Alain Blanchard & CompanyFriday, June 23, 2006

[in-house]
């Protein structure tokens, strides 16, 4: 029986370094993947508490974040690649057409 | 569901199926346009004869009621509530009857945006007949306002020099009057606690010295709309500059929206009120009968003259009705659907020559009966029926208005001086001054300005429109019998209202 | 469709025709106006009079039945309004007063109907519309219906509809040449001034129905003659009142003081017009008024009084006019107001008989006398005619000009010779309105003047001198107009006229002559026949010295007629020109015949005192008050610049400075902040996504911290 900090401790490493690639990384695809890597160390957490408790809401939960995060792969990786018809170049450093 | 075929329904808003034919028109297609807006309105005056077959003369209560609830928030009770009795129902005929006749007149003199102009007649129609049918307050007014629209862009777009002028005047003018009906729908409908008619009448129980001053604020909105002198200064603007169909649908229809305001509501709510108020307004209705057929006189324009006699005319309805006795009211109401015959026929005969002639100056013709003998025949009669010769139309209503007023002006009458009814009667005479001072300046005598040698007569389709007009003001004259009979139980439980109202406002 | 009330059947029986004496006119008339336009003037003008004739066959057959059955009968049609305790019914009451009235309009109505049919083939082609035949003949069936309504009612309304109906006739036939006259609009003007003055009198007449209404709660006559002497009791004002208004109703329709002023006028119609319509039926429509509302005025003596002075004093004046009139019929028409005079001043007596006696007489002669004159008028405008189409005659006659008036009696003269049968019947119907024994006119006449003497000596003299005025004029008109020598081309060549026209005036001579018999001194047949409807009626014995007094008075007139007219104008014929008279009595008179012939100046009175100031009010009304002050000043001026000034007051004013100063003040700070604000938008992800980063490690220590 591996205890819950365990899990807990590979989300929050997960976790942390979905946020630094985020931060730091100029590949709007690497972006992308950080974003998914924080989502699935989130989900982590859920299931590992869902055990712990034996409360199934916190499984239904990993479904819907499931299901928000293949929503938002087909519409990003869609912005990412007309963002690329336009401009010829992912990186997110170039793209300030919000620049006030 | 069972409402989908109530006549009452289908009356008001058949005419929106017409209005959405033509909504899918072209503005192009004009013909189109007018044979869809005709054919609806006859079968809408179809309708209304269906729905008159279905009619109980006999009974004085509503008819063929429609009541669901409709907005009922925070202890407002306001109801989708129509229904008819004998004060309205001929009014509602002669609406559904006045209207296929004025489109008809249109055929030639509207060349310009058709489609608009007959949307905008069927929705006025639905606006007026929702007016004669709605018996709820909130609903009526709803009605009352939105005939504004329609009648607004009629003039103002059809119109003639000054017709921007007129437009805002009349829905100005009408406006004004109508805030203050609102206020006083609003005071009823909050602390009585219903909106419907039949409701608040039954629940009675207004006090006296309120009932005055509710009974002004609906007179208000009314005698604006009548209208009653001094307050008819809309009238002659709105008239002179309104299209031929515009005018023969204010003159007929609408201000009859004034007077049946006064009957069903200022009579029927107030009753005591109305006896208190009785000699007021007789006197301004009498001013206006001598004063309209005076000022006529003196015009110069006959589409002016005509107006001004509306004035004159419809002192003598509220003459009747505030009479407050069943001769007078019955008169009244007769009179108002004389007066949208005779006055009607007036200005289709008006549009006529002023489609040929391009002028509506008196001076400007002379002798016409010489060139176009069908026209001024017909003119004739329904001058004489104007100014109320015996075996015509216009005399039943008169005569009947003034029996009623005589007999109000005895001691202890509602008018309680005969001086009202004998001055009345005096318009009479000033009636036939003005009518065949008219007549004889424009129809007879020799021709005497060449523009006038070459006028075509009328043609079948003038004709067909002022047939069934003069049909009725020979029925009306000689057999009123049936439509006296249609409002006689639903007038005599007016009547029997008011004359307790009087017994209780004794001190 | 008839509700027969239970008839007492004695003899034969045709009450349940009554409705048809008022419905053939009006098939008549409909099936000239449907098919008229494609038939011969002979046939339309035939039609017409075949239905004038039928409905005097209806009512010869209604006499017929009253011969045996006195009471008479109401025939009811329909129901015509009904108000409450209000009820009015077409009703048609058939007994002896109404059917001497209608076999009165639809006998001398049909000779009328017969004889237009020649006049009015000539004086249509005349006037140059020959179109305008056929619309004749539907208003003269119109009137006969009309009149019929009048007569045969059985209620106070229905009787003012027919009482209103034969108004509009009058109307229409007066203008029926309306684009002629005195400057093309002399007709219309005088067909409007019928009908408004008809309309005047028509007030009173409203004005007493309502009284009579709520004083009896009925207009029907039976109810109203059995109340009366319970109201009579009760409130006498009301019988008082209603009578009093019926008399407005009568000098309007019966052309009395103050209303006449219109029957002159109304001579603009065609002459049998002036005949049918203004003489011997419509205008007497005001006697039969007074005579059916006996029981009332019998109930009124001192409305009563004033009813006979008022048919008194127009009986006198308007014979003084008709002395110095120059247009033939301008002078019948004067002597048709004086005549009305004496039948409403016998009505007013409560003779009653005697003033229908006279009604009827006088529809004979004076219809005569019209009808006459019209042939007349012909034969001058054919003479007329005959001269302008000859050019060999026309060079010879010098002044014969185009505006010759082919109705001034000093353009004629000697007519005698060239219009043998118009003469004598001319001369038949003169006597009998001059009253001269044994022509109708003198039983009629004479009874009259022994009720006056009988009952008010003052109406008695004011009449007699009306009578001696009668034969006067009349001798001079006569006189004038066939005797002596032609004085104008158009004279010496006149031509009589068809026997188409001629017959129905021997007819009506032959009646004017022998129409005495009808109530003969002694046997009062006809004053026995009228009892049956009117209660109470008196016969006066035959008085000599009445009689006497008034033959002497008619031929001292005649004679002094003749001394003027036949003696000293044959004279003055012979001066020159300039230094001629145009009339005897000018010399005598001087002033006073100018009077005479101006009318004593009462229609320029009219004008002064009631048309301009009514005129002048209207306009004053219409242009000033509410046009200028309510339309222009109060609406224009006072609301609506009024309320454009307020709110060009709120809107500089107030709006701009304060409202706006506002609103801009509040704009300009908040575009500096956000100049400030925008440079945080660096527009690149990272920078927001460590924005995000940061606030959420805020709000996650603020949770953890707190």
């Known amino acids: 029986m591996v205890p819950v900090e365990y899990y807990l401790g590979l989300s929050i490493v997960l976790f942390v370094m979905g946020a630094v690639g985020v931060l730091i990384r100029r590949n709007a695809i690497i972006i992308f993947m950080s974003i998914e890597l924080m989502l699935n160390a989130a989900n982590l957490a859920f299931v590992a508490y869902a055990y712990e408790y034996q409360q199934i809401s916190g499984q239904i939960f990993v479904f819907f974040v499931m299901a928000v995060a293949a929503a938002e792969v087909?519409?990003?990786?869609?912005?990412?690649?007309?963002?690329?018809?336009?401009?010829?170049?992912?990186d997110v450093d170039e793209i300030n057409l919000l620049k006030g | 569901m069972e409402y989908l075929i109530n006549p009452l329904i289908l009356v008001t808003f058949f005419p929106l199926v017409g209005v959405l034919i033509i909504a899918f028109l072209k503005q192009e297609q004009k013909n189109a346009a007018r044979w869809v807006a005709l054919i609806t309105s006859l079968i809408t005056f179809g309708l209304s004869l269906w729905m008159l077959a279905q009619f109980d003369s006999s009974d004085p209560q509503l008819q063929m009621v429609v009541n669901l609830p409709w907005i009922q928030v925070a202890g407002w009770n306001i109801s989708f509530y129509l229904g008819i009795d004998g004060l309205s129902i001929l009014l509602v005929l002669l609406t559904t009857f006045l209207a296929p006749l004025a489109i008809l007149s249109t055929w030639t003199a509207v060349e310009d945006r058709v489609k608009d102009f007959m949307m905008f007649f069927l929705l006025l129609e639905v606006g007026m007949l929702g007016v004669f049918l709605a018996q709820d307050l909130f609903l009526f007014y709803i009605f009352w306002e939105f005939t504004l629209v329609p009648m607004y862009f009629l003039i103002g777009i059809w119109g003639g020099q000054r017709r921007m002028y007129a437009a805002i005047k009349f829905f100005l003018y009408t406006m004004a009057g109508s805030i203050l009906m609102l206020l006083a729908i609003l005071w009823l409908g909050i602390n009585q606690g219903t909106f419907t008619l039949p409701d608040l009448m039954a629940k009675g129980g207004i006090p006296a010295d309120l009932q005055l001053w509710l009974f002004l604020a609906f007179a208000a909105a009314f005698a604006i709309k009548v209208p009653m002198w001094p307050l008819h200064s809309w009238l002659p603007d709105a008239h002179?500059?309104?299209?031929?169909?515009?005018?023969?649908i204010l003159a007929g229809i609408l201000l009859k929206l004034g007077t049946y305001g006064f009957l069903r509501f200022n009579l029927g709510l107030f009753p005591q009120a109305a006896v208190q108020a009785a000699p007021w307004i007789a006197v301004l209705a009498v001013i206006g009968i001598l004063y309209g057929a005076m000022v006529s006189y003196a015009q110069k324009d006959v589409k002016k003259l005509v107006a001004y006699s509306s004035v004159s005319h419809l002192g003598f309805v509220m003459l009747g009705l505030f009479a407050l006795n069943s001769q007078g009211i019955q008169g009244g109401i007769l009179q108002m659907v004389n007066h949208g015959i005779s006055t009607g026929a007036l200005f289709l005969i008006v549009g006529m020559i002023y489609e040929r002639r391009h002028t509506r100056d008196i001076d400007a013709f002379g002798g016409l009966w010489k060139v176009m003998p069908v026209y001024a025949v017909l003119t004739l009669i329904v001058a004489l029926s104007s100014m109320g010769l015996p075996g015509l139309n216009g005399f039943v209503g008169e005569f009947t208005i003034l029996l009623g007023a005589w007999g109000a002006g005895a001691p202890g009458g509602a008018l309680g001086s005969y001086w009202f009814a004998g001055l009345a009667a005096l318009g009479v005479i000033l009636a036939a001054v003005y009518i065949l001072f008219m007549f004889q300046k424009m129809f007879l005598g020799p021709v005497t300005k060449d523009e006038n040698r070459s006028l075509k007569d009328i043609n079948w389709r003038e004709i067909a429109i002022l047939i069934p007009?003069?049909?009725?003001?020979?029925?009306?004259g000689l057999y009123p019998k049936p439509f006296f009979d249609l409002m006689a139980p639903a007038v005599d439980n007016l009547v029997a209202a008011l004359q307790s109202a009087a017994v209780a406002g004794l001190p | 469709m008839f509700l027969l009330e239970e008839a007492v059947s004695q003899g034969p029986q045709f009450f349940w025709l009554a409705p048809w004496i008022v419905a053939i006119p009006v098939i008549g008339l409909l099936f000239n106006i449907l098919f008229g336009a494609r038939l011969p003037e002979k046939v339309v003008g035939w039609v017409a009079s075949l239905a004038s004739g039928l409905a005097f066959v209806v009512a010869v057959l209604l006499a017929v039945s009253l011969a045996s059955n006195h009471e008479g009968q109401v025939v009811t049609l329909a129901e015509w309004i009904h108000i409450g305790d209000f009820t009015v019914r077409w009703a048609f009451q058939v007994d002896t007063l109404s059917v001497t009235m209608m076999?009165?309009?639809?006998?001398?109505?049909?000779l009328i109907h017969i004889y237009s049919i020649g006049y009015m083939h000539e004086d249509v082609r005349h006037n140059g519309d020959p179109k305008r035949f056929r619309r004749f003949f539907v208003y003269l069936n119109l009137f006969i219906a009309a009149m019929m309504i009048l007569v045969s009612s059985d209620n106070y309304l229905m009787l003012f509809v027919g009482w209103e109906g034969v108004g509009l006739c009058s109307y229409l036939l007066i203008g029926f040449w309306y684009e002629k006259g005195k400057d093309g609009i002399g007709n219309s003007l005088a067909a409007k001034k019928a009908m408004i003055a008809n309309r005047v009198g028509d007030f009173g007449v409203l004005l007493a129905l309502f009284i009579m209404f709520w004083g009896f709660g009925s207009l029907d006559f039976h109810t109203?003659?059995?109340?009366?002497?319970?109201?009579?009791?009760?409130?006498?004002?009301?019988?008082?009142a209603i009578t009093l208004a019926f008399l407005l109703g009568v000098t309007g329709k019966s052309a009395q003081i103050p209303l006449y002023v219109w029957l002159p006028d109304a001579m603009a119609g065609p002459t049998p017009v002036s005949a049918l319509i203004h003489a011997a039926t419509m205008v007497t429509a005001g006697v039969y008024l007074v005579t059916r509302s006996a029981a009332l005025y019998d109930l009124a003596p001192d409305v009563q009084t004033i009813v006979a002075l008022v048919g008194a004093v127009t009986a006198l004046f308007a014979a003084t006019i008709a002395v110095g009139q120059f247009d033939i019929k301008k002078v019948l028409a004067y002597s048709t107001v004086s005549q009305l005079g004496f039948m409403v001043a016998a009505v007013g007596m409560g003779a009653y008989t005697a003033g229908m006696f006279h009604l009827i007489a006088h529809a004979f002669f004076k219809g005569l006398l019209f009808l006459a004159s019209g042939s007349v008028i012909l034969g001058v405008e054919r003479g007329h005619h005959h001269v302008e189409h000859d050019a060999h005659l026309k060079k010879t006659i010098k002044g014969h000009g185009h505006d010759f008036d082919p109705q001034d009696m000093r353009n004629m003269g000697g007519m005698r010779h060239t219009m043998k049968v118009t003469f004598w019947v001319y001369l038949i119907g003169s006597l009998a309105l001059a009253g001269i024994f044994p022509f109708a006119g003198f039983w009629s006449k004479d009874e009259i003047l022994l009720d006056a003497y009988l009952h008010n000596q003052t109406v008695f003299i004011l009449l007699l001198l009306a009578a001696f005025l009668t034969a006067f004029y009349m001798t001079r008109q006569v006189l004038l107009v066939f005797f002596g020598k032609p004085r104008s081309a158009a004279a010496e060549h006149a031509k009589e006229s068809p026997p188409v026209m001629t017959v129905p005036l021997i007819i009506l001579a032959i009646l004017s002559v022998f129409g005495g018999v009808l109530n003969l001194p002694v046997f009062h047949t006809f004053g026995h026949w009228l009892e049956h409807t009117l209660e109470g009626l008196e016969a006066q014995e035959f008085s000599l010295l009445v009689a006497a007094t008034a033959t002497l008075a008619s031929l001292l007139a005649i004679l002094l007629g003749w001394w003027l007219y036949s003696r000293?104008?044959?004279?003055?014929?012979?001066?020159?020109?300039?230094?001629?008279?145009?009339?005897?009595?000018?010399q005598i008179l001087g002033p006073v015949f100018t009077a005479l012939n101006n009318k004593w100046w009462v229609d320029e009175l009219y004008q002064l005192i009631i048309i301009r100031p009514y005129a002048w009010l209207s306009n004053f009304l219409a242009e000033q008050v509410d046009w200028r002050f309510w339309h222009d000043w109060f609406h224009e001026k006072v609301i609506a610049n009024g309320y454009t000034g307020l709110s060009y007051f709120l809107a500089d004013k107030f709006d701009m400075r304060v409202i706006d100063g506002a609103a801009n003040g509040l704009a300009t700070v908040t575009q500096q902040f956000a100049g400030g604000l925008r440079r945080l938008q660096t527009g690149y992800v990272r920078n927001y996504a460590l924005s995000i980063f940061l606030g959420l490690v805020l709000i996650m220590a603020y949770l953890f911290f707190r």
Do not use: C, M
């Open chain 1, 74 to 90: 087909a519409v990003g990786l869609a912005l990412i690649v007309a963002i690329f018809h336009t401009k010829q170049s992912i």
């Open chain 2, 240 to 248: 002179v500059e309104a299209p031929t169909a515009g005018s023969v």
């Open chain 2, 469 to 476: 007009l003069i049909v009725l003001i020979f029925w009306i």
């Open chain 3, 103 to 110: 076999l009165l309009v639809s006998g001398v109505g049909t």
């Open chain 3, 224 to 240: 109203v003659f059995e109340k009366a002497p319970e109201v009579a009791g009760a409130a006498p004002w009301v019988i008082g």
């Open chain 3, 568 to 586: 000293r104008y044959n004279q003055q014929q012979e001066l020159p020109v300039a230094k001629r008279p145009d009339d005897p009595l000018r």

Roses are like cats and babies, they don't perform on demand. I had the intention of posting two of my "spotted" Gallica roses. I attempted to scan Rosa 'Alain Blanchard' and Rosa 'Soleil Brillant' together last night but Alain Blanchard (above, left) decided to close his petals and did not cooperate. So I left Alain Blanchard (Vibert, 1839) for this morning. Even that was difficult as Alain's colour did not scan as I saw the rose and I had to monkey with the colour balance. The lighter shocking pink spots are almost fluorescent. So here you see both roses alone, even though they grow very close to each other in the garden. Soleil Brilliant's spots are less noticeable and perhaps the reason is that it is a young bush in its first season in my garden. Langley rose grower Christine Allen handed Soleil Brillant to me in this year's VanDusen plant sale. "Alex,you like odd roses. This is an odd rose." I found Alain Blanchard (not the kind of rose you can normally find in nurseries) at the Burnaby Garden Works. Many people believe that my spotted roses are like that because of Vancouver rain but that is not true. I find them fascinating and even more so when Rebecca pronounces their names in her perfect French. Because they are Gallicas they have an intense perfume but only bloom once. More than any other plant in my garden these Gallicas (even the unspoted ones) give you a reason to want to stay alive through the winter to see what they will do next spring.